Background: Sputum induction by hypertonic saline solution inhalation is widely used to study airways secretions in patients with asthma. However, hypertonic saline solution is a potent indirect bronchoconstrictor.
Study objectives: We studied the validity of isotonic saline solution (0.9%) inhalation as a means to induce sputum by comparing it to hypertonic saline solution (4.5%) inhalation.
Patients: Sixteen patients with moderate-to-severe asthma reporting a clinical history of mucus hypersecretion.
Methods: Subjects underwent sputum induction twice at 1-week intervals. Saline solution (hypertonic or isotonic) was inhaled for three periods of 5 min. The parameters assessed in sputum samples were cell counts, sodium, eosinophil cationic protein (ECP), and albumin concentrations, osmolality, and pro-matrix metalloproteinase (MMP)-9 activity by zymography.
Results: The maximal fall in peak expiratory flow during sputum induction was greater after inhalation of hypertonic saline solution than after inhalation of isotonic saline solution (p < 0.01). Each subject produced analyzable sputum on both visits. There were no statistically significant differences in total and differential sputum cell counts, and the reproducibility coefficients were high for eosinophils and neutrophils when comparing the two methods. Likewise, sputum levels of ECP and albumin as well as sputum pro-MMP-9 activity were not different between the two methods, and were highly reproducible as shown by high intraclass coefficients (Ri) of correlation (0.72, 0.74, and 0.77 for ECP, albumin, and pro-MMP-9, respectively). Sputum sodium concentrations and osmolality were higher after inhalation of hypertonic saline solution (p < 0.05).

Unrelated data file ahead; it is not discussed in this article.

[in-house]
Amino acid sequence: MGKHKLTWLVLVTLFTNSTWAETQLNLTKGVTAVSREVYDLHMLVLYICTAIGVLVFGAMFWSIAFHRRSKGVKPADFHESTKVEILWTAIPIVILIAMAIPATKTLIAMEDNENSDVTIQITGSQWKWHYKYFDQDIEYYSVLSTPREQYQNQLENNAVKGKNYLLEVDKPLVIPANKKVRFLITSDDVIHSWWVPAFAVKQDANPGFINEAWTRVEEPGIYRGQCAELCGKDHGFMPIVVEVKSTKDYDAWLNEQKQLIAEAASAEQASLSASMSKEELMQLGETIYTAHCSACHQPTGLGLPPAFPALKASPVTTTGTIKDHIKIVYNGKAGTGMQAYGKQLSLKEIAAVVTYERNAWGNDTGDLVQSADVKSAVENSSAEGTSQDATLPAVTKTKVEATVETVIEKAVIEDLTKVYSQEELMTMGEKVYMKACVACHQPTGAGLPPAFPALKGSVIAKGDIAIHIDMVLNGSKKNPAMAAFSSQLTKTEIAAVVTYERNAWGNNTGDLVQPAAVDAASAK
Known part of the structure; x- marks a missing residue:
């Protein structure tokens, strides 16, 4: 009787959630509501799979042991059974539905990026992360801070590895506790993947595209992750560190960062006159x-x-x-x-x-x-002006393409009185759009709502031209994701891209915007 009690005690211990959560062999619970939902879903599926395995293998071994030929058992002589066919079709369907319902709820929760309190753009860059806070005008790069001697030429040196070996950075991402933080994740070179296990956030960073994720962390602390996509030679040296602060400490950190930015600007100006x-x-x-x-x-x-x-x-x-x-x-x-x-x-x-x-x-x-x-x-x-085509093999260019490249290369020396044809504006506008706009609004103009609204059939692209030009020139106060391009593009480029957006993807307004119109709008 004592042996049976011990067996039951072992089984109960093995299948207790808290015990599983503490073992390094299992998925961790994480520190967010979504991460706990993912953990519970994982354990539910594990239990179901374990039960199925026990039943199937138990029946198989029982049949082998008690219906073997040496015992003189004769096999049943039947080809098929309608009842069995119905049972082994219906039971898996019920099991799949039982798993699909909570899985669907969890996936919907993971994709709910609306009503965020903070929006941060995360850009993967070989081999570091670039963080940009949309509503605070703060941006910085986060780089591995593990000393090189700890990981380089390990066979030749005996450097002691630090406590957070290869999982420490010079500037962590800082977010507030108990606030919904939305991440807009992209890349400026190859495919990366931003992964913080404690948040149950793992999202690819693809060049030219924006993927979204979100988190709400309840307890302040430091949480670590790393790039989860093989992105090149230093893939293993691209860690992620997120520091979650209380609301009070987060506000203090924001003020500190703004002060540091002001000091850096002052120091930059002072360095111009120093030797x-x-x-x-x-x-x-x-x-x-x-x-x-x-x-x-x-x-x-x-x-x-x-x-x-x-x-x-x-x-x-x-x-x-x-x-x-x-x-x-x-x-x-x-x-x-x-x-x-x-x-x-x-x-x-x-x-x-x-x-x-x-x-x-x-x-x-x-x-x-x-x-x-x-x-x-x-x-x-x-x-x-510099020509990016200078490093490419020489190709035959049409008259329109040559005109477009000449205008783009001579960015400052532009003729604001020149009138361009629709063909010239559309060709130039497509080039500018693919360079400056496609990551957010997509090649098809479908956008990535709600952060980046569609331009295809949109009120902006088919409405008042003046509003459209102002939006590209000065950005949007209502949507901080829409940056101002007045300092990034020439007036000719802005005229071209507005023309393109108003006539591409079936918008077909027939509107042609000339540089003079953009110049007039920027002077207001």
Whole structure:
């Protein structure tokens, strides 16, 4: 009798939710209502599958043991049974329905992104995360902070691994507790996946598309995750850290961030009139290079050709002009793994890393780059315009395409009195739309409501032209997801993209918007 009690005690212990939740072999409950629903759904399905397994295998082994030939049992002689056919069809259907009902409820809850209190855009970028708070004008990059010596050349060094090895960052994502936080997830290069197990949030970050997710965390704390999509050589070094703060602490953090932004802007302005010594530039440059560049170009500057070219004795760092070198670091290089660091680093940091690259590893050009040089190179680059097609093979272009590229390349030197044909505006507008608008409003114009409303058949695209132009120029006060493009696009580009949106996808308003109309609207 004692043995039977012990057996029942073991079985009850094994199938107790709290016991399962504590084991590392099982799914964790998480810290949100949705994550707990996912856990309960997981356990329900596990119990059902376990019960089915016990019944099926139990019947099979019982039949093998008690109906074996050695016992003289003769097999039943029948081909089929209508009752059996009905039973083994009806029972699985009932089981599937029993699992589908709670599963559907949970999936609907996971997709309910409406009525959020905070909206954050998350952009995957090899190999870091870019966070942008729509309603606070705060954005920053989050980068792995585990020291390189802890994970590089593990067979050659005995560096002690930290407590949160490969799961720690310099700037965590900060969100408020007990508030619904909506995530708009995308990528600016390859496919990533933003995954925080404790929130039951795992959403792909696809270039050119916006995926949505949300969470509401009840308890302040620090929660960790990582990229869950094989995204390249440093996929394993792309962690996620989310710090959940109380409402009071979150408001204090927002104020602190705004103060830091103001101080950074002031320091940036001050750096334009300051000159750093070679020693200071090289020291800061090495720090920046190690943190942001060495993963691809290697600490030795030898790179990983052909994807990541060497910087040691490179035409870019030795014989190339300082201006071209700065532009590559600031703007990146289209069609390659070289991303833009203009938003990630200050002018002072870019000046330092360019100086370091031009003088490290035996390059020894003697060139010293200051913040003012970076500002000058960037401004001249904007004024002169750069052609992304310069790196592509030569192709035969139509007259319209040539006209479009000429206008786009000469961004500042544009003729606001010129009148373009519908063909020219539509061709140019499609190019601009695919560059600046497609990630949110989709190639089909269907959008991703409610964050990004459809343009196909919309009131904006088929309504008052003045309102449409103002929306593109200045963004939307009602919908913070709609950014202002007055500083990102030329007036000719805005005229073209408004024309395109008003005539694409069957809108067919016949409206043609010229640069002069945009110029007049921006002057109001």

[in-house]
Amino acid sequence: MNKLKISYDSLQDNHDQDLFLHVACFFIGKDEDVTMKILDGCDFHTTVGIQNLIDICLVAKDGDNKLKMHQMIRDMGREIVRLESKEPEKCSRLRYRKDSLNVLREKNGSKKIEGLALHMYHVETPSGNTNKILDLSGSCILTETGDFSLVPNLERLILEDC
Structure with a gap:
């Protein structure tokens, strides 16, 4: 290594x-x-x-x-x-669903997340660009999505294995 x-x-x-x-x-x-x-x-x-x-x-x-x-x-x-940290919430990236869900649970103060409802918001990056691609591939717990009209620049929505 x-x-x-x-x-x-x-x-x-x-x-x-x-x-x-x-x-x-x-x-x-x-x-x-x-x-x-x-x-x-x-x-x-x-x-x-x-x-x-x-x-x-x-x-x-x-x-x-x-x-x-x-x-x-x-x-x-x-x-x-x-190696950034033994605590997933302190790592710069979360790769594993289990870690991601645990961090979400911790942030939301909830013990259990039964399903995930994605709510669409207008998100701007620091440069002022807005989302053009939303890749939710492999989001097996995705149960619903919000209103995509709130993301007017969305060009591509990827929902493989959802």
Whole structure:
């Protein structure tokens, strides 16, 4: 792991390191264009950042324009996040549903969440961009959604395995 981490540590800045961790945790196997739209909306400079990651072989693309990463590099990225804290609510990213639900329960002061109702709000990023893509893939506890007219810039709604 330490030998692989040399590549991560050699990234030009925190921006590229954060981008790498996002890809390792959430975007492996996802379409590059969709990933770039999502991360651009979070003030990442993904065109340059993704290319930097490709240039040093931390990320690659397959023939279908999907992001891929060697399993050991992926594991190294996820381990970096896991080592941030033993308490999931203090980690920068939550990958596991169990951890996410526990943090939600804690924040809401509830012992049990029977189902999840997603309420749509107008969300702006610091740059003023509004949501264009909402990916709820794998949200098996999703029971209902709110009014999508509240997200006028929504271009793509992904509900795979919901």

Conclusion: In patients with moderate-to-severe asthma reporting a clinical history of mucus hypersecretion, inducing sputum by isotonic or hypertonic saline solution inhalation leads to comparable results in eosinophil and neutrophil cell counts and fluid phase mediators/proteins.